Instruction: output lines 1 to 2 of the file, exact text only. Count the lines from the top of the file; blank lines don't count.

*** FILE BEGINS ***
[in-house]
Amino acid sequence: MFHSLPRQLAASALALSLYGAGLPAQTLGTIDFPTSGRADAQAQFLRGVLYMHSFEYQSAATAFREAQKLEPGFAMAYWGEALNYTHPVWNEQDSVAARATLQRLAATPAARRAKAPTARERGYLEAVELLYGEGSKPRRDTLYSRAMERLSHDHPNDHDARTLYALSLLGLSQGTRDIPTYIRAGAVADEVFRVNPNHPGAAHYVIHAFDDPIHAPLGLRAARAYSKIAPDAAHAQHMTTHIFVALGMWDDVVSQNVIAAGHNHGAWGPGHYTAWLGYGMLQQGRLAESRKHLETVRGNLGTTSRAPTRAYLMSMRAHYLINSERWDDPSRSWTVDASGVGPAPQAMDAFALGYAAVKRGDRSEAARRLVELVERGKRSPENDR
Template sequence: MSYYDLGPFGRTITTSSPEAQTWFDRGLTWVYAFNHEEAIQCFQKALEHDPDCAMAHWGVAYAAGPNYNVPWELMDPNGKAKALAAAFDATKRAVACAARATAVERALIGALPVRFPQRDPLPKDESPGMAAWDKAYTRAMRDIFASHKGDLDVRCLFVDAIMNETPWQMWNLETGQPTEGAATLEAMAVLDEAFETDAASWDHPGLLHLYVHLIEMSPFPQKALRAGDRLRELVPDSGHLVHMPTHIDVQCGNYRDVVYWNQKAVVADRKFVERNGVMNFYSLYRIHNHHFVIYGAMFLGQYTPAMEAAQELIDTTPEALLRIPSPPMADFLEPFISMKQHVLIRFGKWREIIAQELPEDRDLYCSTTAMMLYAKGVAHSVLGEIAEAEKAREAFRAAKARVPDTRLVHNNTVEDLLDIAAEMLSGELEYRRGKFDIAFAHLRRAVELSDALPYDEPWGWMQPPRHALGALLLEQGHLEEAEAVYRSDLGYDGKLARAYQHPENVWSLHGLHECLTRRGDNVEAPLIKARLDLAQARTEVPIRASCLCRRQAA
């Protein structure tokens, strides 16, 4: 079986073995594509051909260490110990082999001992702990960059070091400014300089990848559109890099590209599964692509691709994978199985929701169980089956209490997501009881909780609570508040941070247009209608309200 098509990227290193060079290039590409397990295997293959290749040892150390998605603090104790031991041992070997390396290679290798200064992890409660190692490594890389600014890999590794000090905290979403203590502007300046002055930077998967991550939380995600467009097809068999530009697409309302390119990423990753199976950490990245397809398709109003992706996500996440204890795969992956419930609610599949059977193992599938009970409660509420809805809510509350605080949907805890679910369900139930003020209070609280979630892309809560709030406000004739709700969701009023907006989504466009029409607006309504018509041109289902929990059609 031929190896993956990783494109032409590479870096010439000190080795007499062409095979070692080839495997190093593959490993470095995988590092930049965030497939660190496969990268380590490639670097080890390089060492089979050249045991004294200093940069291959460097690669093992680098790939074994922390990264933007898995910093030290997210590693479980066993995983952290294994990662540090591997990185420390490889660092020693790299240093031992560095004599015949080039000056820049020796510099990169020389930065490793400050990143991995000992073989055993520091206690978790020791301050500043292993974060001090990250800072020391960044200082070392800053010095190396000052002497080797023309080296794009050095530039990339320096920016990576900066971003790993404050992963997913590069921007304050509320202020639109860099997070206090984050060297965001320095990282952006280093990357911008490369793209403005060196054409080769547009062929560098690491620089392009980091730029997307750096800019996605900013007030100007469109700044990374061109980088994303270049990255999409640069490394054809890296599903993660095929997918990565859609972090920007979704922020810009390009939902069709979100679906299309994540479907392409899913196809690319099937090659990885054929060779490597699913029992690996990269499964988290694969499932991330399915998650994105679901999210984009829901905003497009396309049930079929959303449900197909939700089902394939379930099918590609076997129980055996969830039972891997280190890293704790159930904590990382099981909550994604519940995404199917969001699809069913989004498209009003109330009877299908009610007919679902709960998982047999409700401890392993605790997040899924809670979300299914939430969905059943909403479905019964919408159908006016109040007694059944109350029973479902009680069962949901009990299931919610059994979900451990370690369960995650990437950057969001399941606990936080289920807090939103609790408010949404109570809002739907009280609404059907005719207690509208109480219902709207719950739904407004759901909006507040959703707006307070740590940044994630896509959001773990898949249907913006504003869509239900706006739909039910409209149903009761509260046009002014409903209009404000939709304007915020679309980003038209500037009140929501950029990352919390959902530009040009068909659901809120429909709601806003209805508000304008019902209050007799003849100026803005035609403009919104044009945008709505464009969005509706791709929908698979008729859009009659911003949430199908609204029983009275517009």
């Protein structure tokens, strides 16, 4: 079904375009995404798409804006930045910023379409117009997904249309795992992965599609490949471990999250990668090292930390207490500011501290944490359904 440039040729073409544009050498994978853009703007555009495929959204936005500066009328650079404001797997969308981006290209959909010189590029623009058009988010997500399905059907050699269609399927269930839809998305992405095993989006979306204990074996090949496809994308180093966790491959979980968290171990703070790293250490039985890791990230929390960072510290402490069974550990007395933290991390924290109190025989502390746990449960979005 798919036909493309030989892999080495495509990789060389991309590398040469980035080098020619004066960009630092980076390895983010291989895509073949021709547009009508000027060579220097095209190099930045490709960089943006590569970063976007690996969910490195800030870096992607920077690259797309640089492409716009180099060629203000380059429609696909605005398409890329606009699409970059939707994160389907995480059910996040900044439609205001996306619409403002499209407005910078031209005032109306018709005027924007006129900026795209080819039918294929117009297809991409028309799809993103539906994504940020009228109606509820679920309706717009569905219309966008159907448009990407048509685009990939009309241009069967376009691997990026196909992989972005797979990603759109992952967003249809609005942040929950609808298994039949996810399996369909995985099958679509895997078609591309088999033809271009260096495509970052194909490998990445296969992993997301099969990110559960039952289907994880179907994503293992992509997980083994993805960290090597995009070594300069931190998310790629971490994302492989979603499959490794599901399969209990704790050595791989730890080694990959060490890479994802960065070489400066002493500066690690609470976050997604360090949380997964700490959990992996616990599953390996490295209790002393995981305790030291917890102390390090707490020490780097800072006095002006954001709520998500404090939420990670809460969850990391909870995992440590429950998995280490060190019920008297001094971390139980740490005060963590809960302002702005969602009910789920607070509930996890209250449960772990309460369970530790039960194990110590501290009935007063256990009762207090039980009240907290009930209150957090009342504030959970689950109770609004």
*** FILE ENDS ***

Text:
[in-house]
Amino acid sequence: MFHSLPRQLAASALALSLYGAGLPAQTLGTIDFPTSGRADAQAQFLRGVLYMHSFEYQSAATAFREAQKLEPGFAMAYWGEALNYTHPVWNEQDSVAARATLQRLAATPAARRAKAPTARERGYLEAVELLYGEGSKPRRDTLYSRAMERLSHDHPNDHDARTLYALSLLGLSQGTRDIPTYIRAGAVADEVFRVNPNHPGAAHYVIHAFDDPIHAPLGLRAARAYSKIAPDAAHAQHMTTHIFVALGMWDDVVSQNVIAAGHNHGAWGPGHYTAWLGYGMLQQGRLAESRKHLETVRGNLGTTSRAPTRAYLMSMRAHYLINSERWDDPSRSWTVDASGVGPAPQAMDAFALGYAAVKRGDRSEAARRLVELVERGKRSPENDR